What is the most cited violation in regard to IIPP? In California, the most cited IIPP violation is also the #1 general reason for a citation being issued. The official citation is titled: "No IIPP developed in writing and implemented." It is a citation for not having an IIPP. In addition to requiring that every workplace have an IIPP, California also requires some types of employers to meet specific requirements for what is to be included in an IIPP. Employers may be cited for not having an IIPP that meets the California requirements.

Are the OSHA IIPP Requirements Similar to California's?

Many people are advocating that OSHA adopt an injury and illness prevention program that is similar to the one used by California. A RAND study of IIPP in California found that when it was properly implemented, it was effective in reducing injury rates. However, at the time of this writing, the details of what OSHA is planning are not known, although it appears the OSHA standard will include significantly higher fines than those established in California. OSHA has expressed their concern that the fines be sufficiently high such that they cannot be considered a cost of doing business, should an employer choose to not comply with the IIPP requirements.

What If I Already Have an Injury and Illness Prevention Program in Place?

Many businesses have already seen the benefits of IIPP and have effective injury and illness prevention programs in place. OSHA has said that it is not their intention to force employers to make unnecessary changes if they already have IIPP programs that meet the OSHA requirements. The plan for IIPP is to make the new requirements flexible enough so that existing IIPP programs can continue uninterrupted.

Are Injury and Illness Prevention Programs Expensive for Small Businesses?

After implementing IIPP in California it was noticed that many employers, especially small businesses, did not have the expertise needed to develop an effective IIPP. They had to spend thousands of dollars to hire a consultant who would develop an IIPP plan for them. In addition, employers in low-hazard industries such as real estate offices, and businesses that only operated seasonally saw little justification for the cost of developing an IIPP.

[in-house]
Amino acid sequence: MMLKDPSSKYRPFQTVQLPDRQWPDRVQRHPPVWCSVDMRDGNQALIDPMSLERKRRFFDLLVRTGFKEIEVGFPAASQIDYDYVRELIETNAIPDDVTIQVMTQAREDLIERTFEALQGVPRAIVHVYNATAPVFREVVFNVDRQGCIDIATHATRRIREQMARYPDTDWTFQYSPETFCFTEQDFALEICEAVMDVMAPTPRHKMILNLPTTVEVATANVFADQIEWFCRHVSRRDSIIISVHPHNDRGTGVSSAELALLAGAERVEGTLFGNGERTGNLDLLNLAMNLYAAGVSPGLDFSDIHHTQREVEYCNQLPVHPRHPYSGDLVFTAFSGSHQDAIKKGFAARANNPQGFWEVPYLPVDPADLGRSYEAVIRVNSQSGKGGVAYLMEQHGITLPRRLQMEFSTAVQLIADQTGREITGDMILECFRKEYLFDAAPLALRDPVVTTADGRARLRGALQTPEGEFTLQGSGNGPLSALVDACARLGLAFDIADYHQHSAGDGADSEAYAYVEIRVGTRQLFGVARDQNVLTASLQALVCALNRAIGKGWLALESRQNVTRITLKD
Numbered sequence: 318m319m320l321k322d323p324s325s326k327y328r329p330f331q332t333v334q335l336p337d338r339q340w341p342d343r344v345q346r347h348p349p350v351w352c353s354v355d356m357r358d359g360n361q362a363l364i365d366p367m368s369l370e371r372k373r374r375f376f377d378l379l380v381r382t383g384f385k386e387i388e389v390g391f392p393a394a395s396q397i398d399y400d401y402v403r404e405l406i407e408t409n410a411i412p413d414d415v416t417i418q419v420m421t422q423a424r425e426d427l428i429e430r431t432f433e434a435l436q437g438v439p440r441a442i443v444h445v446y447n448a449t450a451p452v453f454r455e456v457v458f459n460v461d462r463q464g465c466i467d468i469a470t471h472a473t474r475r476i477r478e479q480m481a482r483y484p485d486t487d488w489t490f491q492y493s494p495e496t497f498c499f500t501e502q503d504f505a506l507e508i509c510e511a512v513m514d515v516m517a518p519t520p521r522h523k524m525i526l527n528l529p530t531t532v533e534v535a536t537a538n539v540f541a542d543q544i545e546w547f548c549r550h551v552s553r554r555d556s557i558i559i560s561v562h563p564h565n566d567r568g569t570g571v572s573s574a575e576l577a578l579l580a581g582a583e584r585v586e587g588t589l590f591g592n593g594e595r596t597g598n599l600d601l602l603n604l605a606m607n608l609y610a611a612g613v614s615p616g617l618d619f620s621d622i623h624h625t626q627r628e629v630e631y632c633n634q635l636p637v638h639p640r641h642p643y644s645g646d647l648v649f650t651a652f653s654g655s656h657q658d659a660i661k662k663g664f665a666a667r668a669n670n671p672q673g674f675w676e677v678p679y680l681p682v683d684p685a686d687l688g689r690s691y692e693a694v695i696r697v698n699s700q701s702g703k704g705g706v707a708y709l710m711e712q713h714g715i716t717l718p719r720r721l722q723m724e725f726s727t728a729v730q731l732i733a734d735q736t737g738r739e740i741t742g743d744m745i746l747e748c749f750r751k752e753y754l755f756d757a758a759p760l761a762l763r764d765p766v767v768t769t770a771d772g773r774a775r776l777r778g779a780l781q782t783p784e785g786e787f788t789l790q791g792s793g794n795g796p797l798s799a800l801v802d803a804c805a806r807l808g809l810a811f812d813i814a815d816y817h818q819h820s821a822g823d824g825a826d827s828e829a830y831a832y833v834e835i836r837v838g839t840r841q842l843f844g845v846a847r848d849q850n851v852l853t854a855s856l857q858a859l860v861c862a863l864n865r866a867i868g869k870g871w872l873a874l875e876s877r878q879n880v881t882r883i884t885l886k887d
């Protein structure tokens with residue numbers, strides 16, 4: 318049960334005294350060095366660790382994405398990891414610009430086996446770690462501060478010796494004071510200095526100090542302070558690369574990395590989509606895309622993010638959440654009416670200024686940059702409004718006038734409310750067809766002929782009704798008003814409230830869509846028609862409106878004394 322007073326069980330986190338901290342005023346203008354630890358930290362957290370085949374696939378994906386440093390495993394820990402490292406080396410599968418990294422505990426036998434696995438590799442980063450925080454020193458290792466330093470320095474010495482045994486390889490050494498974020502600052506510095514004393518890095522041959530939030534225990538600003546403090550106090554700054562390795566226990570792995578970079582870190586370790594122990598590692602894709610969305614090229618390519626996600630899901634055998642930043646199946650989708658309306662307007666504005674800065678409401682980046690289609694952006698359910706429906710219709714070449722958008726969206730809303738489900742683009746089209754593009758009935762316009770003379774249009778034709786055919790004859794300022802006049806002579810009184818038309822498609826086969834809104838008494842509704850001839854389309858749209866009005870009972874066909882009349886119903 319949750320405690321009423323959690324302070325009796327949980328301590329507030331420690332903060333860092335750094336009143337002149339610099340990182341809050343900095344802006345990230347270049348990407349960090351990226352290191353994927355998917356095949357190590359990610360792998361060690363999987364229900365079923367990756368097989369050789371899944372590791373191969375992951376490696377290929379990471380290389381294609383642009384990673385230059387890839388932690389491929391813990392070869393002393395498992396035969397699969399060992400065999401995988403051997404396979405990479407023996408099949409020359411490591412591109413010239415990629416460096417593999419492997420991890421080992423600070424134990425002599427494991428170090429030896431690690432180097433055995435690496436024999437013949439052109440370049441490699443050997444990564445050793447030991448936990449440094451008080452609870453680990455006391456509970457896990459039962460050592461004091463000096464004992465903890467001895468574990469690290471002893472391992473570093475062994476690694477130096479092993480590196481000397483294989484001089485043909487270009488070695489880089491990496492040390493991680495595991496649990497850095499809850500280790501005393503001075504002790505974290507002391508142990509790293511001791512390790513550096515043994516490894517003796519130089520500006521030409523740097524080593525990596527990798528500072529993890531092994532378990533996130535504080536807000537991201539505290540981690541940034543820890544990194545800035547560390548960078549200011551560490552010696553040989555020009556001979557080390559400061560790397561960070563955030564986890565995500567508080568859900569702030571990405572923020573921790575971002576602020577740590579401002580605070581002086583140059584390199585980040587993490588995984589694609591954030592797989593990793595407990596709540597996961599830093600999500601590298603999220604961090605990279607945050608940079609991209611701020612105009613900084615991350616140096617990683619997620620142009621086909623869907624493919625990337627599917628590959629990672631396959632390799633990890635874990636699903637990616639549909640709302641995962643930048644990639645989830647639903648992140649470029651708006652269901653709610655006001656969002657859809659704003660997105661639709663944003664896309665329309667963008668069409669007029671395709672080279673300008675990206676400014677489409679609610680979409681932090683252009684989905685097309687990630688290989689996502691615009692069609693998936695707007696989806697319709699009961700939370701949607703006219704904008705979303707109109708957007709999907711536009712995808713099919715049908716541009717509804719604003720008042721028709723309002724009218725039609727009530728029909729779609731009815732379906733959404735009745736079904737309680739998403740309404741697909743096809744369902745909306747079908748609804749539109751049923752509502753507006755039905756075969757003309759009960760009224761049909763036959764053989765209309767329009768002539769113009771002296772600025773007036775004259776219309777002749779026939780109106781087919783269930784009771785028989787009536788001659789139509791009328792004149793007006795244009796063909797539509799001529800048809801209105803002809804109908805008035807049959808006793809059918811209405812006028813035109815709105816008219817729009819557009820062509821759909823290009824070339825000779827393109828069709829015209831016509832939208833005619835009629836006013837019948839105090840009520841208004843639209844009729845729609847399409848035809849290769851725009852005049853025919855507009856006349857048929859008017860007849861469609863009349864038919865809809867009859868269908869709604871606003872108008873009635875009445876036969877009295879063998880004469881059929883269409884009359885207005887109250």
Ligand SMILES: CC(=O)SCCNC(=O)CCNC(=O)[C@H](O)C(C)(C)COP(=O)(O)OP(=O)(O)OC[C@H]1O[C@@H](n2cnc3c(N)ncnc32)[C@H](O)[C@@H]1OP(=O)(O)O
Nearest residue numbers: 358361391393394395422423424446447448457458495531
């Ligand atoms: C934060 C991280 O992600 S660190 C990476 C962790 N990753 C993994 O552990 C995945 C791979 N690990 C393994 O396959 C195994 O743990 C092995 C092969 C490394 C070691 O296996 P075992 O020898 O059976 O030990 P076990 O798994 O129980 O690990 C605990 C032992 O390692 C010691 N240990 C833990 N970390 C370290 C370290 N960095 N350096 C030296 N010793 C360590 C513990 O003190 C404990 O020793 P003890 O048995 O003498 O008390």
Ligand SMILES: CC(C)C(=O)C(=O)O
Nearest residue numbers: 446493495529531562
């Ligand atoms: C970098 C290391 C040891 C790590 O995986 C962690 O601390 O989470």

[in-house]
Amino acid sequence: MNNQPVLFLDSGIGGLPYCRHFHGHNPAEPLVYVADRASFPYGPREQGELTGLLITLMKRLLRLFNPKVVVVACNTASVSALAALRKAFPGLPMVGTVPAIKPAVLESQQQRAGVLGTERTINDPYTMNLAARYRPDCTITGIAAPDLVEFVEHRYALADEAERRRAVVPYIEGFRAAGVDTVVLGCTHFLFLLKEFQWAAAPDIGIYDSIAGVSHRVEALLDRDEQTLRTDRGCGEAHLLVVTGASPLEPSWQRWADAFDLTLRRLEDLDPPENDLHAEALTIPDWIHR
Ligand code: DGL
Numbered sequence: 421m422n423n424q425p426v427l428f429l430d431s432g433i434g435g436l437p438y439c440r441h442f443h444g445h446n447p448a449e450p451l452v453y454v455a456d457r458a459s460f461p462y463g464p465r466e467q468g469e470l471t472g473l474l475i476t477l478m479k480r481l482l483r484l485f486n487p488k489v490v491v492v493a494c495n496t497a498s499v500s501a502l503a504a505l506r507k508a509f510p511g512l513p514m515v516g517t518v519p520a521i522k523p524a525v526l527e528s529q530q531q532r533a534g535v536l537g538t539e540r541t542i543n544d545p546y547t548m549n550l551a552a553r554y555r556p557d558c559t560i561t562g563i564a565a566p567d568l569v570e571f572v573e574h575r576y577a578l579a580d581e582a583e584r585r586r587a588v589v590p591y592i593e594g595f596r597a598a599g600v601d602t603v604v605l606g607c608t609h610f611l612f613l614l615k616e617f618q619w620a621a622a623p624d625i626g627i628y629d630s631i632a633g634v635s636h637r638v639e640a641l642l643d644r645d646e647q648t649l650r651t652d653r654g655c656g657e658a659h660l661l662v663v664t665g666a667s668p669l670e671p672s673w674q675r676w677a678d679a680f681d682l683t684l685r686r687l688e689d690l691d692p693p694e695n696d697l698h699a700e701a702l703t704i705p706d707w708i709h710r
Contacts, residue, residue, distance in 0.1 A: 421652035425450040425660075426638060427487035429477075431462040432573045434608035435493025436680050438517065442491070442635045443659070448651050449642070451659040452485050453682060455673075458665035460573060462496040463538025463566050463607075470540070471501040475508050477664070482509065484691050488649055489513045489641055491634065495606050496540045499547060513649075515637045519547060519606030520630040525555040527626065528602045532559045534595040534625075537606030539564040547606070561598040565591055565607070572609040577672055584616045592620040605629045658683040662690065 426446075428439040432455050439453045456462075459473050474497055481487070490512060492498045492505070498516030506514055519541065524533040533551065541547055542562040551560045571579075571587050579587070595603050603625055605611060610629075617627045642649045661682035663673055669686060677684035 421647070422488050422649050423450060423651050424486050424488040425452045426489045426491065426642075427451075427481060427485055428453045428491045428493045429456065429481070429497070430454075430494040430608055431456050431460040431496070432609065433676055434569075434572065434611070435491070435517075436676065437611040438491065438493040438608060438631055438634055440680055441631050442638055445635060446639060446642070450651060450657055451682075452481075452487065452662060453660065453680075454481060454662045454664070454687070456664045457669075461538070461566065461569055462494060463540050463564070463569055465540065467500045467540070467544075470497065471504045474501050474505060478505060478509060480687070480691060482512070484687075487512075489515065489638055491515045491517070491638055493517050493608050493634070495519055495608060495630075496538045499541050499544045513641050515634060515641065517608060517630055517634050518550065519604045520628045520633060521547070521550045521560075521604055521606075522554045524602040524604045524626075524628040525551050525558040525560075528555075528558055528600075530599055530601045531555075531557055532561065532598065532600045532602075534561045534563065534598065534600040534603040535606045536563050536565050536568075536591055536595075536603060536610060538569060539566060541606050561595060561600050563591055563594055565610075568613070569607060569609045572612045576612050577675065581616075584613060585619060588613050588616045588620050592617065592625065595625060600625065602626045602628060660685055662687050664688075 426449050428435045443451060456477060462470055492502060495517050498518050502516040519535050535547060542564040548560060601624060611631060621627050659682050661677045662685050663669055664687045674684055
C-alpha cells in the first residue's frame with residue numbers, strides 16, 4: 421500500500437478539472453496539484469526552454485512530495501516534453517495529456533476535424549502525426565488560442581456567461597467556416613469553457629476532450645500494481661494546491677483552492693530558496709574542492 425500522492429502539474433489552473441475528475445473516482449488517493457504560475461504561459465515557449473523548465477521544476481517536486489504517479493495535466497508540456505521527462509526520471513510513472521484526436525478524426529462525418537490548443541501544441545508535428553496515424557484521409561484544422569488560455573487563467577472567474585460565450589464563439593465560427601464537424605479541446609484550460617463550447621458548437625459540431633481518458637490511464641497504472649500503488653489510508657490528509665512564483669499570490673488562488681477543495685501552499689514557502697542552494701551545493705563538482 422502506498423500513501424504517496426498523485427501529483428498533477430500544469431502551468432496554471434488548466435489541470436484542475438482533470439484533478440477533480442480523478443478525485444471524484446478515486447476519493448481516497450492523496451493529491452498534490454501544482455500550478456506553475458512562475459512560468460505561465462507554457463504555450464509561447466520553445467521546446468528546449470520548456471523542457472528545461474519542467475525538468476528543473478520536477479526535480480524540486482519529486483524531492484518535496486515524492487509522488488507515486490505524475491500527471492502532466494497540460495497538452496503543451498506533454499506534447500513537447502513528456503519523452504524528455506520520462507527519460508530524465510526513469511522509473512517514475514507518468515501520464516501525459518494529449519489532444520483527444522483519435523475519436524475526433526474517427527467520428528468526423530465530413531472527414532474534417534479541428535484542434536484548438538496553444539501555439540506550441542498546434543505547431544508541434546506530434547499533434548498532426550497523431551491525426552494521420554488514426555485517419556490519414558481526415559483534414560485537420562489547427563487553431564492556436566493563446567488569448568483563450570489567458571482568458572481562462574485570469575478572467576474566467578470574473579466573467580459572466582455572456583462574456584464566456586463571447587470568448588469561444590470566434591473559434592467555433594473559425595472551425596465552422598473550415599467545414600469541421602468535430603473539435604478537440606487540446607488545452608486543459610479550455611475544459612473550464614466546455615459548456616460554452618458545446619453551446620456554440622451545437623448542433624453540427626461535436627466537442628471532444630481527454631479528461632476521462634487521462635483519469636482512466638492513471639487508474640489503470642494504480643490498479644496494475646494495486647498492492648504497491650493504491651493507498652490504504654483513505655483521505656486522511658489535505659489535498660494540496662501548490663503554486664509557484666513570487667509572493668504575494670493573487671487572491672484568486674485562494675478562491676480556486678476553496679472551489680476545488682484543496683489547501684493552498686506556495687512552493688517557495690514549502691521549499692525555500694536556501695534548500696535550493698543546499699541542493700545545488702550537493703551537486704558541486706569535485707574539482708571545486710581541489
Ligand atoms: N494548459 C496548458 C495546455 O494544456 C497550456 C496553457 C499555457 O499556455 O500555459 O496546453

The Council on California Competitiveness determined that IIPP in California was:     

?imposing unnecessary and unproductive costs on many businesses for which application of the program makes little sense. Literally millions of dollars in needless hard costs and lost productivity will result from the current application of this program to businesses whose work environments pose virtually no risk to the safety of their employees.

?the Ohio Bureau of Workers' Compensation (2011) analyzed the policies of 16 SHARP employers over a 12-year period from 1999 to 2010. The study compared the employers' experience prior to and after achieving entry into the SHARP program. The preliminary results of the study show that the average number of claims for these employers decreased by 52 percent, the average claim cost decreased by 80 percent, the average lost time per claim decreased by 87 percent, and claims (per million dollars of payroll) decreased by 88 percent.

Injury and Illness Prevention Programs - SHARP

OSHA's has an existing voluntary program for small business that incorporates IIPP called the Safety and Health Achievement Recognition Program (SHARP). The results from SHARP show that IIPP in small businesses has been effective. For example, OSHA reports that:

Injury and Illness Prevention Programs - Visual Communication

Signs and labels visually communicate needed information in any environment and under all types of conditions. They warn employees about hazards and inform them about required protective measures. They remind employees to immediately report any new hazards they spot. They guide employees to ensure proper maintenance and operation of equipment, helping to ensure the safe operation of machinery and equipment. Some signs deliver their messages when the lights go out and no source of illumination is available. Some labels and signs need to survive daily wash-downs and cleaning. All of these require tough, durable labels and signs, such as those made by DuraLabel printers.

Whatever your label and sign requirements, DuraLabel has the answer. They've been in the industrial labeling business since 1971, and have developed unique printers and tough-tested supplies that get the job done right, so you don't need to worry about having durable visual communication.

Call 888-326-9244 today for more information about DuraLabel custom label printers and supplies. Ask about the special DuraLabel kits. For OSHA compliant signs and labels, download our free OSHA Safety Signs guide below.